15. We would love to see your review about Froggy Feeding Fun. It looks like it takes counting to the next level, beyond memorization. But we question the quality of the product and ease for a pre-schooler to use it. I do like that it appears it could be a non verbal way for children to reflect they know how to count (we have a verbalization obstacle with our pre-schooler).

  16. Okay, you said it and it wasn't me but now that you said so... YES.... I sooooo seee this for girls. While every girl is different, this set totally screams GIRL to me even though when my boys (who loved it) played with it, they didn't look any less BOY to me. I feel like the set should be accompanied by Gnomeo and Juliet! Thanks for this great comment!

  17. Thank you for the suggestion. I totally need to hear what everyone else thinks. I only have two boys and while they like toys, they can't possibly like everything. Even with my two girl testers, there would still be some interests that are not represented! I am going to look into it. Best wishes with the verbalization obstacle. Sometimes I have my children draw or demonstrate their experience and/or knowledge when they don't possess the sentence structure and/or vocabulary to totally express what is on their minds. (if that helps at all) The frog product sounds interesting. I'm going to look at the catalog right now! Thank you!

  18. Froggy Feeding Fun!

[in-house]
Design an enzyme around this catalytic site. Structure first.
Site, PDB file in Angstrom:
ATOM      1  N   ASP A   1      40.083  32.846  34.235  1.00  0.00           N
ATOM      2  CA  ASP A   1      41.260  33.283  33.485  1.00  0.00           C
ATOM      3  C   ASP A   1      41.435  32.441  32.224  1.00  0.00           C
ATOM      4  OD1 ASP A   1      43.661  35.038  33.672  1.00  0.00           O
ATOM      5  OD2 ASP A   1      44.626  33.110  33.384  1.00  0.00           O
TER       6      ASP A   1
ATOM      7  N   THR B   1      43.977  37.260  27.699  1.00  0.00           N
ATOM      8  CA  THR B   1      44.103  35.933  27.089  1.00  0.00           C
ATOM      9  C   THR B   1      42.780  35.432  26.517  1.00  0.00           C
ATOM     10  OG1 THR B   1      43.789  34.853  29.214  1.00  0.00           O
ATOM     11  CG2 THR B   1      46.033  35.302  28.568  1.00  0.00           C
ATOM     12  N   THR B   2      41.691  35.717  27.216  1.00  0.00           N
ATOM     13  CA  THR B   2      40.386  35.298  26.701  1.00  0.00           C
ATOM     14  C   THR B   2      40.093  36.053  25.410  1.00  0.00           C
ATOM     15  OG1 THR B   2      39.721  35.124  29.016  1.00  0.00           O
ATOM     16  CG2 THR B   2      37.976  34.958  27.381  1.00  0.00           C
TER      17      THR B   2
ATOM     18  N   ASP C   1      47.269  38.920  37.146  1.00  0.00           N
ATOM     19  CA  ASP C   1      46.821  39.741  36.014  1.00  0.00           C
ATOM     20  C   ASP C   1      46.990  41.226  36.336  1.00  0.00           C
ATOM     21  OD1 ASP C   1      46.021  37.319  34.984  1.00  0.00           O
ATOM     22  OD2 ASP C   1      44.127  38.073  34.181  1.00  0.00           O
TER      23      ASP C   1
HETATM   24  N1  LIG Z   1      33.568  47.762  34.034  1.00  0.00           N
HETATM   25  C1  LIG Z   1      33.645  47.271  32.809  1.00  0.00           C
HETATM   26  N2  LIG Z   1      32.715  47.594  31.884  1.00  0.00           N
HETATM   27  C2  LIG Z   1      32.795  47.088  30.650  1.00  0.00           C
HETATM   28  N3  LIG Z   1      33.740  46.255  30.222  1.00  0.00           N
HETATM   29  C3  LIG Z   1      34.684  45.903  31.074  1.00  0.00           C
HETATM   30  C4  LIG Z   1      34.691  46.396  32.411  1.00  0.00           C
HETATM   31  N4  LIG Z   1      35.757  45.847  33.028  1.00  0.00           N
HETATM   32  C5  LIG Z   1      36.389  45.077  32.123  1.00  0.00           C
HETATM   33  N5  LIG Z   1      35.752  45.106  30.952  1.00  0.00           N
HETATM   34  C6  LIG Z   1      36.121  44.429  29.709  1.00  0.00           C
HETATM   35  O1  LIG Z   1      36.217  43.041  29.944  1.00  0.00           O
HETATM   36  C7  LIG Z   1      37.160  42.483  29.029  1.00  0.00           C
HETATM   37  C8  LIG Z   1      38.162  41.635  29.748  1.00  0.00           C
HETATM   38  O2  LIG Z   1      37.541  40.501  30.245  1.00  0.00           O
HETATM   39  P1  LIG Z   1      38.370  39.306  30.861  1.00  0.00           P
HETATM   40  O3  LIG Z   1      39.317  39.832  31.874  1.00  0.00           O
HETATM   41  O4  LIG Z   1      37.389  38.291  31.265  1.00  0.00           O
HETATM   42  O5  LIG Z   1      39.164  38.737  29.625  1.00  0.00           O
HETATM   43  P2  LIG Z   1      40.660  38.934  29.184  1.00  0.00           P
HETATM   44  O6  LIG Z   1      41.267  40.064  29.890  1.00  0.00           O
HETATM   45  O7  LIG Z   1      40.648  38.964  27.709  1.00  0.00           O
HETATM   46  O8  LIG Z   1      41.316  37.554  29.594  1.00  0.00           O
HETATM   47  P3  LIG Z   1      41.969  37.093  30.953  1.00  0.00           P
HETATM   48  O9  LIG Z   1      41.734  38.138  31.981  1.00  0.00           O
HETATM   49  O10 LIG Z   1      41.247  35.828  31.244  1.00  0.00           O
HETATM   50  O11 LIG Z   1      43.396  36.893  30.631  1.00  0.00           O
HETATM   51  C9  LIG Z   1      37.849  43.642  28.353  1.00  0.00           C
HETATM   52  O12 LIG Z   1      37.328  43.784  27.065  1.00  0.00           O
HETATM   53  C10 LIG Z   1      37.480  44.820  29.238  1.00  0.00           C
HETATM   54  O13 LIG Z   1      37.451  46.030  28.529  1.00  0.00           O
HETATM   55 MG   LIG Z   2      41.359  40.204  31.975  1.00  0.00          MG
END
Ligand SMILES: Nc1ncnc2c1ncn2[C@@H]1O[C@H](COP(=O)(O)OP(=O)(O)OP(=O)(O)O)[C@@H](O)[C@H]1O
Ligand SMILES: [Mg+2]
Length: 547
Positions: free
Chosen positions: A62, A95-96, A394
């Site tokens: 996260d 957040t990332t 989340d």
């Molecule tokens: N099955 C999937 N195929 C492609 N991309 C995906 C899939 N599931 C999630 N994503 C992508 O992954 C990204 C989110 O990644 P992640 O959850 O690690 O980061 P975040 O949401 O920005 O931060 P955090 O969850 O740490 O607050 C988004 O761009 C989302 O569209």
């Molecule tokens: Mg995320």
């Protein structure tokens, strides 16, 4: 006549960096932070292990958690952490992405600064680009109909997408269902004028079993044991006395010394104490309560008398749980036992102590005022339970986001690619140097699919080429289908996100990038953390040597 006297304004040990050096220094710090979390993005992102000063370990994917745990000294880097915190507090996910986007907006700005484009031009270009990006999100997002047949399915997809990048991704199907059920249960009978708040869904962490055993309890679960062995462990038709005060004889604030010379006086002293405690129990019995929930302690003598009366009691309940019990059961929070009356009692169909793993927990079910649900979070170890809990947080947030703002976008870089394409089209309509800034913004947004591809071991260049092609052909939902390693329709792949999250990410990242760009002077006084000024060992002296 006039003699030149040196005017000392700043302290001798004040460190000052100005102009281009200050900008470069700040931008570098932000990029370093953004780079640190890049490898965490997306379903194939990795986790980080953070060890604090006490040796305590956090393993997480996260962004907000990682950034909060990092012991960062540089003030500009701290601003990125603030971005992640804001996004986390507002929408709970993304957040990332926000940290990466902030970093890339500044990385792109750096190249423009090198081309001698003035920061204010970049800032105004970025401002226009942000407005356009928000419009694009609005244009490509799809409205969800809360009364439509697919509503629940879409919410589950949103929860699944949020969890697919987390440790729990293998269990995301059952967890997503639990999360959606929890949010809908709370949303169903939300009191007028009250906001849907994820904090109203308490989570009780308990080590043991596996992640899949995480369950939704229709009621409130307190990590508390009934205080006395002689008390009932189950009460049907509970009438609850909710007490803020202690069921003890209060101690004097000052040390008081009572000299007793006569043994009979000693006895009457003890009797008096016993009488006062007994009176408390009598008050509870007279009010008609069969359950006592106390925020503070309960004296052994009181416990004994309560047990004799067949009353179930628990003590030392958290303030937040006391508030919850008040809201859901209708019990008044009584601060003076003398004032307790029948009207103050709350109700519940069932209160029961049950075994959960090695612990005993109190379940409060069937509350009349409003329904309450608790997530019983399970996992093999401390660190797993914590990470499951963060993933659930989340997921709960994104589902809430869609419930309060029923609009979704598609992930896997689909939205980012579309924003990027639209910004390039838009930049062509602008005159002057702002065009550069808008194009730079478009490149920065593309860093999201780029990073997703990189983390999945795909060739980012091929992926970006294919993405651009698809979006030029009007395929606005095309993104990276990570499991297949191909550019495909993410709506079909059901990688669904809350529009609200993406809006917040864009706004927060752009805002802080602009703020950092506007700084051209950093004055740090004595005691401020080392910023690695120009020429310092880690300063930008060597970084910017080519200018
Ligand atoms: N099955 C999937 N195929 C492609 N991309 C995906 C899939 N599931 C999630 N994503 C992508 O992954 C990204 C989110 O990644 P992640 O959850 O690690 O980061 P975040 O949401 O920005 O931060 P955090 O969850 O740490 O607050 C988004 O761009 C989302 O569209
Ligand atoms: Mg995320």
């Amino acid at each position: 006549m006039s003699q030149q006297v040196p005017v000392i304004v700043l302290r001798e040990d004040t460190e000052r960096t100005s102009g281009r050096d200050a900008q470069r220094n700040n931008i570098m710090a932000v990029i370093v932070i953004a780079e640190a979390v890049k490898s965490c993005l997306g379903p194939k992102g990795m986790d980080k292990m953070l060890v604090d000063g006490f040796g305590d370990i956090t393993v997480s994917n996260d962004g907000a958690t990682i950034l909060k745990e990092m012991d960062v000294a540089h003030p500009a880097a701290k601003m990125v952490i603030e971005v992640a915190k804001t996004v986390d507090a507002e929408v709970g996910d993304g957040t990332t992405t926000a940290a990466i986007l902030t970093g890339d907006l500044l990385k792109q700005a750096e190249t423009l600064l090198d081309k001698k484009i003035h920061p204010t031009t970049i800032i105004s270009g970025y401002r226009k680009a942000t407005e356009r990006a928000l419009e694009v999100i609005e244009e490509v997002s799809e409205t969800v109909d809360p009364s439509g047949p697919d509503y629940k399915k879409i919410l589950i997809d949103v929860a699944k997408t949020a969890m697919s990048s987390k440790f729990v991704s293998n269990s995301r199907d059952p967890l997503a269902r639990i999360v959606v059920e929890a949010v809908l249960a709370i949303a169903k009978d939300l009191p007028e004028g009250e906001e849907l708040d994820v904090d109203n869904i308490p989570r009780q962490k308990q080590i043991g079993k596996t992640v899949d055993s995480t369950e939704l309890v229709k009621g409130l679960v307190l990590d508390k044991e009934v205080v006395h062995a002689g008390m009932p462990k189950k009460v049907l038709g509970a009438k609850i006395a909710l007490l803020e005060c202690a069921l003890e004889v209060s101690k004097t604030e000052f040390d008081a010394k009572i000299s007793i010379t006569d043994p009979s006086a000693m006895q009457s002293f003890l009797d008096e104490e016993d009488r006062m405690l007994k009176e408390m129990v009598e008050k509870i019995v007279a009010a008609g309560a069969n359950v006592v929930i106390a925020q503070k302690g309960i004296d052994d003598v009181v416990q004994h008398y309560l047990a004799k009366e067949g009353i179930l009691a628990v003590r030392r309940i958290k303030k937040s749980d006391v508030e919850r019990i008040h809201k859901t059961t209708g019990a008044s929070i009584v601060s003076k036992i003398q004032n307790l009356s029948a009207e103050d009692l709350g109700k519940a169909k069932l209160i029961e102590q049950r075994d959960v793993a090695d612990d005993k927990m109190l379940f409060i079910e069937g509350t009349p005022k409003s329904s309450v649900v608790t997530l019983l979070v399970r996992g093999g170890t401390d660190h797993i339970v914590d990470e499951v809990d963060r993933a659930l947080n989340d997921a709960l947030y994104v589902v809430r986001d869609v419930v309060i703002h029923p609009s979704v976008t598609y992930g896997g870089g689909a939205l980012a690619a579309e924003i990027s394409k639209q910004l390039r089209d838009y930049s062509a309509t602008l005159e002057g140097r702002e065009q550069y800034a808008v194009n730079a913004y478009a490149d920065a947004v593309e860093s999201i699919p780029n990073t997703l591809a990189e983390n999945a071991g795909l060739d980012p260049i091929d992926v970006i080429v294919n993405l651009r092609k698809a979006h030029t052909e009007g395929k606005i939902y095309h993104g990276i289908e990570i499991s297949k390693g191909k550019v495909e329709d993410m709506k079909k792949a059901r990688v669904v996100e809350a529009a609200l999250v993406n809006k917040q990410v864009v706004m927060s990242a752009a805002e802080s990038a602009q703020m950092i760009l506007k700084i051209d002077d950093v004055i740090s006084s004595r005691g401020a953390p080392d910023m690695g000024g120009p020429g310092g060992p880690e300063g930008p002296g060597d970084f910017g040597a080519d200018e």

19. Color Mixing Glasses

  20. My boys have not built with candy but they love Legos and Lincoln Logs. They would love these.

  21. Love to See Alpha Pops Reviewed:

  22. We love to build with marshmallows and toothpicks. Plus gingerbread houses every winter :)

  23. My daughter would love this!

  24. New to the site - Jiming send me! LOVE the blog. My 2e son would love this!

  25. Judy Frangie CamarenoJuly 26, 2012 at 8:45 AM

    What a great site! I love playing with my kid, and I keep trying to get her to expand her building skills, though she's more into destruction that construction. Still hopeful!

  26. Welcome Judy! You made me laugh!

  27. Liv, Welcome! And thank you for the kind words! I think this site is really awesome for 2e kids that is why I also made sure that the toys are not just for building skills but also for kids who want to exercise their special talents more. Good luck!

  28. Those things are super super cute but I try to focus on ages 3-12 but perhaps maybe I will guest blog somewhere else where the focus in on toddlers. I saw those upclose in the Toy Fair and just melted. Learning Resources has awesome choices for 2 year olds. I feel like it is a rarity still to find toys labeled for "2+" Usually it's 18-36 months and that left me feeling confused when my guys were little